By relaunching the first webpage, CERN’s staff hopes to “revive the original spirit in creating the Web”; that is “to give universal access to enthusiasts, in hopes of creating a fair and equal space in the world.”

Few today know, or remember that the first web browsers allowed you to make edits to a page — directly to websites. This is similar to how Wikipedia and some other sites work today.

Visit the first website at: www.info.cern.ch.

You may also be interested reading an earlier post.

Facebook May Give Access to children Under the Age of 13

It has been the policy of Facebook that all members be at least 14 years old. Yet many parents are setting up accounts for the underage kids, and lying about their children’s age just to get them online.

Facebook says it shuts down every underage account it finds and has tried to beef up its age verification systems, it privately concedes that there are millions of underage kids on Facebook.

The Menlo Park, Calif., company currently bans anyone under age 13 from joining, but still an estimated 7.5 million preteens — many under age 10 — are already using the service with their parents’ approval.

The highly charged debate over privacy and safety in the Internet age picked up steam this week as word leaked that Facebook was considering allowing kids younger than 13 to use the service with parental supervision. Either by connecting kids’ accounts to their parents’ accounts thereby giving Mom and Dad control over what their children can do on the site, such as who they can “friend” and what apps they can use.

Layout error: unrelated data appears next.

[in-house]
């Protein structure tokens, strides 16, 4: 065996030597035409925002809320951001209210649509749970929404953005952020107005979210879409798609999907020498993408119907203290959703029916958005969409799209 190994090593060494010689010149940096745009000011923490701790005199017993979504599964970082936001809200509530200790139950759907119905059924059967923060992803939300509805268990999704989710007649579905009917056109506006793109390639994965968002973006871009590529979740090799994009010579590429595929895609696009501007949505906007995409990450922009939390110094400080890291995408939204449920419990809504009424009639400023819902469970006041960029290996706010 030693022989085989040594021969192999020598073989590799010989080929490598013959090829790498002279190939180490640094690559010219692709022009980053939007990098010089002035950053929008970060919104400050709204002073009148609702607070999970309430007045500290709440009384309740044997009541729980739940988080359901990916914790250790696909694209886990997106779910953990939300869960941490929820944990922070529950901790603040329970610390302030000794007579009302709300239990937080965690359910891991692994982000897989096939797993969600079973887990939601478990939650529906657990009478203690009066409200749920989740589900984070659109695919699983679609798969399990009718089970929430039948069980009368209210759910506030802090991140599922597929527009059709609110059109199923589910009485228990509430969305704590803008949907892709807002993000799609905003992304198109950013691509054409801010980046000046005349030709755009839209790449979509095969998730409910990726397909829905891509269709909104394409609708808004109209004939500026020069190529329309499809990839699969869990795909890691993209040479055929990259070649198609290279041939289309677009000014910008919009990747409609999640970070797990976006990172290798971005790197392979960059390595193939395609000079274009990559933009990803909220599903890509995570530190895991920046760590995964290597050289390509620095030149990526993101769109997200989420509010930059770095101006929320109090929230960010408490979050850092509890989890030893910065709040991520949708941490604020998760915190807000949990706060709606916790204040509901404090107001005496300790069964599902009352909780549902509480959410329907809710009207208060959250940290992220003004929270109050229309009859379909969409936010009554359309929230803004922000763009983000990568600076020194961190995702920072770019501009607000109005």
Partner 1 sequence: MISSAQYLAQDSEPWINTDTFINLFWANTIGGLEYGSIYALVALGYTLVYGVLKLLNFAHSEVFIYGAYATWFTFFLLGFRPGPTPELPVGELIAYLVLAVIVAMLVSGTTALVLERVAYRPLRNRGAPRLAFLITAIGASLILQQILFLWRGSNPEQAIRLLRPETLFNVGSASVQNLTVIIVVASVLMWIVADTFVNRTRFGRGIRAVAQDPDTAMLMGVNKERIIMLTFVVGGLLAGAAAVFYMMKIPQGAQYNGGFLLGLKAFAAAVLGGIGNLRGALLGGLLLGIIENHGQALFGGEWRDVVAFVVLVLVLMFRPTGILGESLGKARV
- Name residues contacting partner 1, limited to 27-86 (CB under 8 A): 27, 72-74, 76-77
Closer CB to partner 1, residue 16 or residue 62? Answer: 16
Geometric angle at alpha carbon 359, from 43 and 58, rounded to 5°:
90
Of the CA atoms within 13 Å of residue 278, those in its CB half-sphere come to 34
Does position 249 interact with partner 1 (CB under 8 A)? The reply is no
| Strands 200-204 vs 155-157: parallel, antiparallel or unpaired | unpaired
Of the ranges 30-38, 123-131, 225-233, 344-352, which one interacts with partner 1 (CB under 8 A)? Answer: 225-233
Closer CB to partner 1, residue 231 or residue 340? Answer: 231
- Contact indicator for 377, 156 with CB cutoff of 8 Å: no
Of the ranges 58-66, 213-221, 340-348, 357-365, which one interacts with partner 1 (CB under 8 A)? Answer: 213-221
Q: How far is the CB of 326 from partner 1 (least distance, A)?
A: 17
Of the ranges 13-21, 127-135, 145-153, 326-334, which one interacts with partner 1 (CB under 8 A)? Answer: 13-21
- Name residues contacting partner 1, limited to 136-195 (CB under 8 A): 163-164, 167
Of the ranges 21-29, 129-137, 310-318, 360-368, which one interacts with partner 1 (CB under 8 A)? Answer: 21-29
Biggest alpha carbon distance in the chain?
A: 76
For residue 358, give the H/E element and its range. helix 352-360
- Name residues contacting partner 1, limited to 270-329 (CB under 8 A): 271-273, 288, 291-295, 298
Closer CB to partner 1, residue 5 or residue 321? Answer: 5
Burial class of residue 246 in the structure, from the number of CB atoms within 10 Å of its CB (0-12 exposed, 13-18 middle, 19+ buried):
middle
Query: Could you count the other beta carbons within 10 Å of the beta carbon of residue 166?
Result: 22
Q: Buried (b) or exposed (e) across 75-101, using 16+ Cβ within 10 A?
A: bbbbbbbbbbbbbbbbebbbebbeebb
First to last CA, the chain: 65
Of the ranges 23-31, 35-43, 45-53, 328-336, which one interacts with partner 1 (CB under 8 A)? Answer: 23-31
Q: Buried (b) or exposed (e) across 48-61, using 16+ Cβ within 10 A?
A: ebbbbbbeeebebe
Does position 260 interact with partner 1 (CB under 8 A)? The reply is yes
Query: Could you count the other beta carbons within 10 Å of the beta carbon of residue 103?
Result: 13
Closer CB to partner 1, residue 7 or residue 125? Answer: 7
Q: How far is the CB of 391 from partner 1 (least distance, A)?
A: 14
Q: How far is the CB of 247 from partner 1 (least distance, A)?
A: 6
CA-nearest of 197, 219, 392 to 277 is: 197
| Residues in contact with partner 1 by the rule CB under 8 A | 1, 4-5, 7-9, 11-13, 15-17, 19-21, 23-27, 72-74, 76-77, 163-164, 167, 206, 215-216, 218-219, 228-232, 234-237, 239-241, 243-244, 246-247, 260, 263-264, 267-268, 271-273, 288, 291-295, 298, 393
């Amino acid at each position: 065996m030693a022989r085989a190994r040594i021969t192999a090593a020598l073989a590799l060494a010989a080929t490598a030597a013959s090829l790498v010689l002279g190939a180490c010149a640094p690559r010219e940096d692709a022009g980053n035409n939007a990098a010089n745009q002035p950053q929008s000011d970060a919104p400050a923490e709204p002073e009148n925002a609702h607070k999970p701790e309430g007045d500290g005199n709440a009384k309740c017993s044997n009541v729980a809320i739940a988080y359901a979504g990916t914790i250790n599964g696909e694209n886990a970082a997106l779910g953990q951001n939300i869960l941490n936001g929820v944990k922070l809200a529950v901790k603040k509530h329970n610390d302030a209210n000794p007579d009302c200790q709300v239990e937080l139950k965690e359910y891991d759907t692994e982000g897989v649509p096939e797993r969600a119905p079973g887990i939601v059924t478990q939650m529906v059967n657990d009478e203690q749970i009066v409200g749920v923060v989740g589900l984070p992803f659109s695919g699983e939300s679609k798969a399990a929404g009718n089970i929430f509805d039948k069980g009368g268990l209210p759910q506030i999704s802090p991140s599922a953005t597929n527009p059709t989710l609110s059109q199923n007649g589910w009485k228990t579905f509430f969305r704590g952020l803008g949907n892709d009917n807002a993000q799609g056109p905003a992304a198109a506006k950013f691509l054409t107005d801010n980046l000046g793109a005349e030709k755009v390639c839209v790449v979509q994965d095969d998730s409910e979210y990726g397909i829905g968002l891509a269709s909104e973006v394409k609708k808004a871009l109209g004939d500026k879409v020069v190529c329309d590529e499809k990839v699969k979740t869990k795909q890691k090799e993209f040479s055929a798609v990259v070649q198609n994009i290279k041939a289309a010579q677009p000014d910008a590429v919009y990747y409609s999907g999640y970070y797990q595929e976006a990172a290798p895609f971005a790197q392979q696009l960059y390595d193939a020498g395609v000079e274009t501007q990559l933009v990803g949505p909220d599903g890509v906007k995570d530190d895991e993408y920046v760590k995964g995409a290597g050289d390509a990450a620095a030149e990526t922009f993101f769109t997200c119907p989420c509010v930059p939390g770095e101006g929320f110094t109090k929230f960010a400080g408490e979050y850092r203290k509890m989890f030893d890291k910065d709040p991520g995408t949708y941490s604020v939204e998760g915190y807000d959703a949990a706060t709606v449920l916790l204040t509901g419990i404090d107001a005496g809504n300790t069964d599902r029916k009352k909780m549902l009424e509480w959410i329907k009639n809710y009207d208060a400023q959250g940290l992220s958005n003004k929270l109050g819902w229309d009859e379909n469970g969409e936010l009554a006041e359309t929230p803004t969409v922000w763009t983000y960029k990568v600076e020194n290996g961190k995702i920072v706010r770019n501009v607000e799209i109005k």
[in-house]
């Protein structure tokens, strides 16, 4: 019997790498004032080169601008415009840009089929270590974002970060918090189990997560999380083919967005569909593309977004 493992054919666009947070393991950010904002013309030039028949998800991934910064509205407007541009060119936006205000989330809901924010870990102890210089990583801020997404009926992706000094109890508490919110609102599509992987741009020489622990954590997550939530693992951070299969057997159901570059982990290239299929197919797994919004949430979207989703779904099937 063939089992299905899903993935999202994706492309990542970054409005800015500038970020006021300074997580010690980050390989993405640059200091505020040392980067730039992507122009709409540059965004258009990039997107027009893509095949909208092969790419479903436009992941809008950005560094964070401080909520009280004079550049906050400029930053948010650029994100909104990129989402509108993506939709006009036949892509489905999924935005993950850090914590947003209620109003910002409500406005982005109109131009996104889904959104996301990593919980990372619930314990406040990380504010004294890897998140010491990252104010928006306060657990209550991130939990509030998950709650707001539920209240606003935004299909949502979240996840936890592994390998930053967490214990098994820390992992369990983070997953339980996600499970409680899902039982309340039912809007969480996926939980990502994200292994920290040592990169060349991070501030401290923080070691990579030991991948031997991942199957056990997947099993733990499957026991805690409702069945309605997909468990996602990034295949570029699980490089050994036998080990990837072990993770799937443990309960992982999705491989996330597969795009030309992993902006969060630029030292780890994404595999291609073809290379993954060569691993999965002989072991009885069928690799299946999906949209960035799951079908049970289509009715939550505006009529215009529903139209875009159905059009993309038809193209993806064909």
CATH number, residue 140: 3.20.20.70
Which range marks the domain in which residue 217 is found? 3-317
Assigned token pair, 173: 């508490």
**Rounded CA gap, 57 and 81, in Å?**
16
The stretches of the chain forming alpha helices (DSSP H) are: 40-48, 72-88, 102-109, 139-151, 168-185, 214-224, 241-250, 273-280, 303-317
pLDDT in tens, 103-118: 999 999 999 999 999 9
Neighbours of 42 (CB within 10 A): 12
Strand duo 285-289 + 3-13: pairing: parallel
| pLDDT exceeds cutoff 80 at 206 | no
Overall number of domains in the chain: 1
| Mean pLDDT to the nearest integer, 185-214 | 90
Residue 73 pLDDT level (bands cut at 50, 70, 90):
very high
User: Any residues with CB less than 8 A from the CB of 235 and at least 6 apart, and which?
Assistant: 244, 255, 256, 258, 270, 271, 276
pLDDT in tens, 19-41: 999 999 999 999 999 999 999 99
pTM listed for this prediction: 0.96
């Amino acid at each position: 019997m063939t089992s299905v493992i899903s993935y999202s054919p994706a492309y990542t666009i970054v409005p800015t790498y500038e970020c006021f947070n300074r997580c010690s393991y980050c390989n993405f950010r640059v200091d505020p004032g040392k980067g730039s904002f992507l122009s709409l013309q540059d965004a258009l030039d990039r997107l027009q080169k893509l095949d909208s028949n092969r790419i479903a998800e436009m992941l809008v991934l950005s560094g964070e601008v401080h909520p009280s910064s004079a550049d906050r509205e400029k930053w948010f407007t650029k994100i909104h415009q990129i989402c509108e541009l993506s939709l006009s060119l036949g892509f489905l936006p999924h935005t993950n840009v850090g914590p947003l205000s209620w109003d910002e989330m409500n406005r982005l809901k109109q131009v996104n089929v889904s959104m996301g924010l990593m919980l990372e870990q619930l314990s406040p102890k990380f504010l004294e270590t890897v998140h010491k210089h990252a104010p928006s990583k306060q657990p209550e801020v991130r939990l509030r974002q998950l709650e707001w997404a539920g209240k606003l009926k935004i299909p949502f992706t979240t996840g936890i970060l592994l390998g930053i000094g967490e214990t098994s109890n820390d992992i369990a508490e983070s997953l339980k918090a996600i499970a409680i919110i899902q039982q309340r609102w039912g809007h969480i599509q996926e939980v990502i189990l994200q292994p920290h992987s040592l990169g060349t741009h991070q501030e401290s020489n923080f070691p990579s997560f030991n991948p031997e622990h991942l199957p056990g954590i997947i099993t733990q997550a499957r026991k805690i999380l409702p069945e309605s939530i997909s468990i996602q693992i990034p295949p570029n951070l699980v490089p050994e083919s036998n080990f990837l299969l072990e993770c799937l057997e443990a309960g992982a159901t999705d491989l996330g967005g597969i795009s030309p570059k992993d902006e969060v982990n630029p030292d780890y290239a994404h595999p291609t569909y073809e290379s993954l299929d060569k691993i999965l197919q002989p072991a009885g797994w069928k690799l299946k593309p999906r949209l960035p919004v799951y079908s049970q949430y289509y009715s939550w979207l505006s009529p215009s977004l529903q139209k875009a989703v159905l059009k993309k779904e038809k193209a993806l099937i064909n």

Lowering the age limit would help the company tap younger users, who advertisers are eager to reach. Kids are also avid users of games — a big moneymaker for Facebook. About 12% of Facebook’s $3.7 billion in 2011 revenue came from its share of Zynga games such as”FarmVille” played on Facebook

It could expose Facebook to the scrutiny of regulators and the ire of parents. Some fear that kids under age 13 are not ready for social networking, where older children have fallen prey to predators or bullies.

Yet a recent Microsoft Research study from last year found 36% of parents knew their children joined Facebook before they turned 13, and that many of them helped their kids sign up.

Facebook already has limited what minors can do on the site. For example, they can’t share content with “everyone,” a setting that allows anyone on the Internet to peruse someone’s posts and photos.

Facebook is having a tough time policing its site. Age limits are too easy to circumvent, and Facebook spokespeople say they shut down every underage account they find, but still there are millions of underage kids on Facebook. And that puts Facebook at odds with a federal law that requires it to get parental consent before collecting personal data on kids.

If Facebook opens up to kids under 13, it will have to put into place safeguards, such as giving parents a way to control what data is mined from their children when they click the “like” button or play a game, said Jeffrey Chester, executive director of the Center for Digital Democracy. “There need to be strict limits on how much information can be collected and analyzed,” Chester said. “Because Facebook collects data from users and their networks, the privacy of a child’s friends must also be protected.”

The FTC is currently reviewing the Children’s Online Privacy Protection Act of 1998, which regulates what personal information websites can mine from kids. Facebook spent some of its $650,000 in first-quarter lobbying money on the law.

Parents aren’t the only ones worried that kids would be vulnerable. Lawmakers also expressed concern Monday.